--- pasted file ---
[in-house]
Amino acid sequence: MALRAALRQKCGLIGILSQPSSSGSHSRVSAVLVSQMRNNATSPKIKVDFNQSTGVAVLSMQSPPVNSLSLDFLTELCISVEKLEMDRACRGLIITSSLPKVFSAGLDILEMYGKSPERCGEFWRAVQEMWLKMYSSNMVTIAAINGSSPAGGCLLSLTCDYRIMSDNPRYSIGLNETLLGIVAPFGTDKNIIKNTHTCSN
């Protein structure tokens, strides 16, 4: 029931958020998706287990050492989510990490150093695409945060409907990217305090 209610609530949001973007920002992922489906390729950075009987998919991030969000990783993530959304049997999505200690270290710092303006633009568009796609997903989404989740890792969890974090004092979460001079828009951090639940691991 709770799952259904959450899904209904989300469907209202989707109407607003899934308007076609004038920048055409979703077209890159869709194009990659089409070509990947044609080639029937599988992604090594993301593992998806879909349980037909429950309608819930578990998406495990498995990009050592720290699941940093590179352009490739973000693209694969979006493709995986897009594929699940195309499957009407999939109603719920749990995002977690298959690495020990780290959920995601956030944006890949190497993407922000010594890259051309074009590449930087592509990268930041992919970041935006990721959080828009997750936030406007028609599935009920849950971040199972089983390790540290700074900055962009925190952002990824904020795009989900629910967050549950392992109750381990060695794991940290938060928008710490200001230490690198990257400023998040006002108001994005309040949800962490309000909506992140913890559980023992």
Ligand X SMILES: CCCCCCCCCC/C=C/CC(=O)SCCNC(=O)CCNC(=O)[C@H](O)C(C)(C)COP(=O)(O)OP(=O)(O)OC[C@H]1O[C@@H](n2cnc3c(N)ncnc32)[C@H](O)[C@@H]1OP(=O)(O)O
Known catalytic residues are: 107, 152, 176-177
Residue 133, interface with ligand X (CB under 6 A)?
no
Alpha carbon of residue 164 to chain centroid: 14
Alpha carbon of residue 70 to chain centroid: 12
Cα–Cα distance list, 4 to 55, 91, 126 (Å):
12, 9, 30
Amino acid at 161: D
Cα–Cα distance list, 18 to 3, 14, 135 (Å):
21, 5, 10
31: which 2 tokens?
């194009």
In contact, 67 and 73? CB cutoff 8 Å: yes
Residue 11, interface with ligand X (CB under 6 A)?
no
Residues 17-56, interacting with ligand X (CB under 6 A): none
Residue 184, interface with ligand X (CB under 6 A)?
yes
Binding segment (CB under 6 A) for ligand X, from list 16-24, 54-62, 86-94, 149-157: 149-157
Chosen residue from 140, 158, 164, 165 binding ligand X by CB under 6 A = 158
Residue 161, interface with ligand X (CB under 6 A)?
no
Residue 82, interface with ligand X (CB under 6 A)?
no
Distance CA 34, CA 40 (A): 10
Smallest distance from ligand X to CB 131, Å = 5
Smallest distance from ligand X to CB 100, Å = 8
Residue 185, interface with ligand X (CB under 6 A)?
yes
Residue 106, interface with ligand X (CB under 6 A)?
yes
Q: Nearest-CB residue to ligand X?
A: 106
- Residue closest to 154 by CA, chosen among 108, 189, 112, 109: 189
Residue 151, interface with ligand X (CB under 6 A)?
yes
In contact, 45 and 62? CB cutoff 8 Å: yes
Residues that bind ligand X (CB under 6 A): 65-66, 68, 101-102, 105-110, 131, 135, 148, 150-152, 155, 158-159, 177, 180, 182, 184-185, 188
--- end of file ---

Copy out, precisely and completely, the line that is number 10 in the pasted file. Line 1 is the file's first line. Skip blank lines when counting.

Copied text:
Cα–Cα distance list, 4 to 55, 91, 126 (Å):